PORTLAND, Ore. — Members of Portland's Muslim community are understandably fearful, but they also have a tremendous amount of resolve in the wake of the mass shootings in New Zealand.

It is Friday and that means families will pour into the Rizwan Mosque to pray in Southwest Portland.

They will dedicate themselves to worshiping despite the news out of Christchurch, New Zealand.

“I was shocked and devastated,” said Harris Zafar, the director of outreach for the Ahmadiyya Muslim Community, which operates the Rizwan Mosque. It is the first mosque that was built in Portland.

He and so many others are devastated after nearly 50 people died in terrorist attacks on two separate mosques in New Zealand. It happened during Friday prayer around 1:40 in the afternoon in Christchurch.

RELATED: 49 killed in New Zealand mosque shootings

“The worshipers were sitting ducks. They're in there with their backs to the door, worshiping their creator,” Zafar said.

“The brutality of it is a crime against humanity," he said.

Zafar said there is overwhelming fear and concern in Muslim communities locally and all over the world. But there's also resolve.

“We're not going to act like we're prisoners in our own homes,” said Zafar. “We won’t hide from society. We're still going to be out, speaking with everyone, opening our doors to our mosques,” he said.

But Zafar said more has to be done to combat the hateful ideology and rhetoric fueling attacks like the ones in New Zealand.

“No country is safe from that, which also means we can't continue to ignore it,” said Zafar.

“We are so close to this happening to us,” said Seemab Hussaini, the co-founder of the Council on American-Islamic Relations (CAIR).

“For those of us who are fighting for social justice, this has been something that we unfortunately expect. The rhetoric has been increasing,” said Hussaini.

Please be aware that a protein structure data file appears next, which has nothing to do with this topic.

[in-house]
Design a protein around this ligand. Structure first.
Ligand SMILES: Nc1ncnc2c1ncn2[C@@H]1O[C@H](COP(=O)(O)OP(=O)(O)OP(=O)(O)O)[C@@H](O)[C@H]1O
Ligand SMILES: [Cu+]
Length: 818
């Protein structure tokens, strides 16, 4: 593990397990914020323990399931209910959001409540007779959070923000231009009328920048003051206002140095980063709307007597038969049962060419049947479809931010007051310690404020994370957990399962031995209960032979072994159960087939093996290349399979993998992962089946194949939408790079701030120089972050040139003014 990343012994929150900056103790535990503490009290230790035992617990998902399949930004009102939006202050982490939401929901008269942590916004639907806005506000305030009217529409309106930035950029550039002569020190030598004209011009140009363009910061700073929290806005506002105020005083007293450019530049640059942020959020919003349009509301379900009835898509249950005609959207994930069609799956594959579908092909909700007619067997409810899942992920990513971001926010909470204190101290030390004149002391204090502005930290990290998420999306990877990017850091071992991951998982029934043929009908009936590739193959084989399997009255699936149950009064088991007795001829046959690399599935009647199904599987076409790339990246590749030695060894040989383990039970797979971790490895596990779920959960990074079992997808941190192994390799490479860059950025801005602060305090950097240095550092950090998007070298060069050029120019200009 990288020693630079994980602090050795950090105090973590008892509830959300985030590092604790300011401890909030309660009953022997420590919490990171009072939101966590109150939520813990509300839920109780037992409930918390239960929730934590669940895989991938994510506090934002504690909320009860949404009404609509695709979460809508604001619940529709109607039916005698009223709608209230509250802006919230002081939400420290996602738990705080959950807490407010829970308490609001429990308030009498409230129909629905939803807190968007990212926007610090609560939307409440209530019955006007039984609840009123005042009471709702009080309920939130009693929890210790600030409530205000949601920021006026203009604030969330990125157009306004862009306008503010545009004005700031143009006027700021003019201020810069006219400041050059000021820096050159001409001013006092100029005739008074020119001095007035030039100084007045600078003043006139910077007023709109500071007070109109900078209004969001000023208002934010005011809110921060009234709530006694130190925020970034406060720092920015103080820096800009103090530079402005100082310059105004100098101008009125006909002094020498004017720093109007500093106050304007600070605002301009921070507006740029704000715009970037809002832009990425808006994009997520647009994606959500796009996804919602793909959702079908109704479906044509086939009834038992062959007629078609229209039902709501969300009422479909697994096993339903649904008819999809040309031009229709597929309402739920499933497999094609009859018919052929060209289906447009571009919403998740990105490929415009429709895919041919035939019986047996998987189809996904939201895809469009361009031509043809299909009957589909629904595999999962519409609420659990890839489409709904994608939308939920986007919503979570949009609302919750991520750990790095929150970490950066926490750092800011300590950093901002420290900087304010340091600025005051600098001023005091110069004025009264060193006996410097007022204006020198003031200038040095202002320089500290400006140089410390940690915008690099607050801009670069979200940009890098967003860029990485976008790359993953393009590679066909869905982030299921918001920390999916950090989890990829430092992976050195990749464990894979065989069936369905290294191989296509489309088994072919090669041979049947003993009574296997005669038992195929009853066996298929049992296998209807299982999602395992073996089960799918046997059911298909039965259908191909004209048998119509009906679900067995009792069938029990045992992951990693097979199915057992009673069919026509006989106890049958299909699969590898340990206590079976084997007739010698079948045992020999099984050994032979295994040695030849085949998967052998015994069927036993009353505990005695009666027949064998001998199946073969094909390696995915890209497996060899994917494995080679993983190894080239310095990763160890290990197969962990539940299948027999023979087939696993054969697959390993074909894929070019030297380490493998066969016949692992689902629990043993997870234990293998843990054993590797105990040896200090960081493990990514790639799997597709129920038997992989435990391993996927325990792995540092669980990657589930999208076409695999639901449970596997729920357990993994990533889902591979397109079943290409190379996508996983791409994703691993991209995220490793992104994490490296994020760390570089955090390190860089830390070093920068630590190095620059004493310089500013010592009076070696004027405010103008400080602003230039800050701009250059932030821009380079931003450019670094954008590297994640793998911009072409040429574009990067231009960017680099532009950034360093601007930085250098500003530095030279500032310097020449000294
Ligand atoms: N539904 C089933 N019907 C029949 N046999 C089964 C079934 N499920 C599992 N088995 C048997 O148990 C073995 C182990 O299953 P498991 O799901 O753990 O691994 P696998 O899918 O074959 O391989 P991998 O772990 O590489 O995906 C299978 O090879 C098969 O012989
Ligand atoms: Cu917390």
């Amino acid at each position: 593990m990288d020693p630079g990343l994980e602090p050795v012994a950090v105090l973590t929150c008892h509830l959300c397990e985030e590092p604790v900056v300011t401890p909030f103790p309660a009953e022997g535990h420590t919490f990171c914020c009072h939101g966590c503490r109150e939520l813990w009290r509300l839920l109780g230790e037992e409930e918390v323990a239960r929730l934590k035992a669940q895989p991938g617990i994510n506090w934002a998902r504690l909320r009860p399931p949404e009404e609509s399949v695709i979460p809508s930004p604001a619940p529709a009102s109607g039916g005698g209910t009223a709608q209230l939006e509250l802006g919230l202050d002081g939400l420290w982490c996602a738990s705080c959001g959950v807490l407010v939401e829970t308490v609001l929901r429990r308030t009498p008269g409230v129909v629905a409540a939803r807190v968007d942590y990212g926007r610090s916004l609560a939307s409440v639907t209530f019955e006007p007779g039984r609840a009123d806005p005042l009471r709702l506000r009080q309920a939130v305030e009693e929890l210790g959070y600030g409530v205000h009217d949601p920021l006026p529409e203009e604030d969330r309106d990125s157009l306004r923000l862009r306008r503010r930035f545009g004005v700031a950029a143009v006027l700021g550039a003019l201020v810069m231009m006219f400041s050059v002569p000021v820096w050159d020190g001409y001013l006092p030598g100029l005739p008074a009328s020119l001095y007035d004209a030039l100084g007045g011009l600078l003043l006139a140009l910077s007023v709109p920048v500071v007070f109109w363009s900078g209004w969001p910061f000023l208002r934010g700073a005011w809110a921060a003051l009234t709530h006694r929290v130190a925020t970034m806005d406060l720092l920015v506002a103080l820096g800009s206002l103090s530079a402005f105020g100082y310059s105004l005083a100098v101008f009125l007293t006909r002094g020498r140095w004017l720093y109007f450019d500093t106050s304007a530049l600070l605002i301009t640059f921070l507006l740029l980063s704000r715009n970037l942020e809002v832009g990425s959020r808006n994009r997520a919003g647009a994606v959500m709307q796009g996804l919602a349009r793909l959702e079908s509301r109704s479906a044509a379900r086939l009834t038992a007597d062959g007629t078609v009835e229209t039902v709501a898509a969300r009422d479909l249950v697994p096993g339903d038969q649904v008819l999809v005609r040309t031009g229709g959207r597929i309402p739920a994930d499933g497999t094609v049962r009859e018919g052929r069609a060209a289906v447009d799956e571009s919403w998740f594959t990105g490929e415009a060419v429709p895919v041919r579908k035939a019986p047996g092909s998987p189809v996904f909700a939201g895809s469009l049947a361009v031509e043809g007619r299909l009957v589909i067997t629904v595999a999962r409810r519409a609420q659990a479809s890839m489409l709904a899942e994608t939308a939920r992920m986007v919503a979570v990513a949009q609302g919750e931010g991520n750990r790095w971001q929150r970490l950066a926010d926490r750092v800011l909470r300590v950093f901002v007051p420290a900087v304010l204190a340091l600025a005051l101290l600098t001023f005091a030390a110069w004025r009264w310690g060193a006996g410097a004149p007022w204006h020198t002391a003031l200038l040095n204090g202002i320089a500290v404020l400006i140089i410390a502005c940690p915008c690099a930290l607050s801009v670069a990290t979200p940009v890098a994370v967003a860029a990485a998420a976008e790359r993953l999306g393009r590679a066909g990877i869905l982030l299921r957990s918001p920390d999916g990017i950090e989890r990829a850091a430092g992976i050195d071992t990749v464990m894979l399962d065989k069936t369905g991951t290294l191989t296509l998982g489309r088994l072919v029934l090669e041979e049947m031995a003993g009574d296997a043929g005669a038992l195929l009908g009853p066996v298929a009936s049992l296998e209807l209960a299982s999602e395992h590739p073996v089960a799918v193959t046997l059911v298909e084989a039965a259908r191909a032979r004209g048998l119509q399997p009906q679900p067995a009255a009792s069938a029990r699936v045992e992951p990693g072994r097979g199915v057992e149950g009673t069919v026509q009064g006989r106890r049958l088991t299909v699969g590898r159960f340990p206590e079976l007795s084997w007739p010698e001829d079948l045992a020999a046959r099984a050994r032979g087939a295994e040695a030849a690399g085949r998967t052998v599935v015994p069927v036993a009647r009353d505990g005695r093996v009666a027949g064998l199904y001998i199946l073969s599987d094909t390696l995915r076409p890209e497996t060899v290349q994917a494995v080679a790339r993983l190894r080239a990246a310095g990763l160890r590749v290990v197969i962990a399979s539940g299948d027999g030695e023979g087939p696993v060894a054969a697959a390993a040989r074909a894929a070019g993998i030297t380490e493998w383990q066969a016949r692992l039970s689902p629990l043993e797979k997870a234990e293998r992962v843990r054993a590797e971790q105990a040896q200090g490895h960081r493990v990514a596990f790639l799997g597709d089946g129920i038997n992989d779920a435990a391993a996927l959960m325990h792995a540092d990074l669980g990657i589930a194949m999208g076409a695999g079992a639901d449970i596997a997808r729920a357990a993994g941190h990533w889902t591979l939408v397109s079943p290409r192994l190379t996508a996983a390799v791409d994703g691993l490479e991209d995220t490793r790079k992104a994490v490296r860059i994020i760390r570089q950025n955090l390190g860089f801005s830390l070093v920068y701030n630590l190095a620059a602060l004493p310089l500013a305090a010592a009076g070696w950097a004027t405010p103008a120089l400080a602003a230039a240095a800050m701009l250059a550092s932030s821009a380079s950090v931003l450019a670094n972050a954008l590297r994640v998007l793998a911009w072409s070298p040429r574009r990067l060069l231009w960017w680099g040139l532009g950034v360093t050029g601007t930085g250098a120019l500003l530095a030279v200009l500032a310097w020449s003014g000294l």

Hussaini is also a community activist with Unite Oregon and said there have been many conversations with city and state leaders about hateful ideology and what to do about it.

“There are solutions that we’re actively working on. We’re part of the Hate Crimes Task Force with the Oregon Attorney General,” Hussaini said.

He said a number of groups across Oregon have come together to draft hate crimes legislation that would help protect hate crime victims and increase advocacy for them.

Hussaini and many others are working to enact something they believe will make a real difference in curbing hateful rhetoric and violence.

For Zafar, now more than ever, he said people can't just offer "thoughts and prayers." It's time to seriously start a dialogue.

“That dialogue of how dangerous white supremacy really is,” he said.

“I think it's everyone's responsibility, not just to point the finger of where extremism lives somewhere else in the world, but to look in the mirror to see how the scourge of extremism exists here. All around us here in Portland as well."

Zafar said people in all social circles have a part to play in eradicating such hateful and extreme views. 

For instance, he said instead of an annoyed eye roll when you hear something hateful, engage in a meaningful conversation right then and there.

Portland police said there will be increased patrols around faith-based locations. On Friday afternoon, a Portland police car was seen at the Rizwan Mosque in Southwest Portland.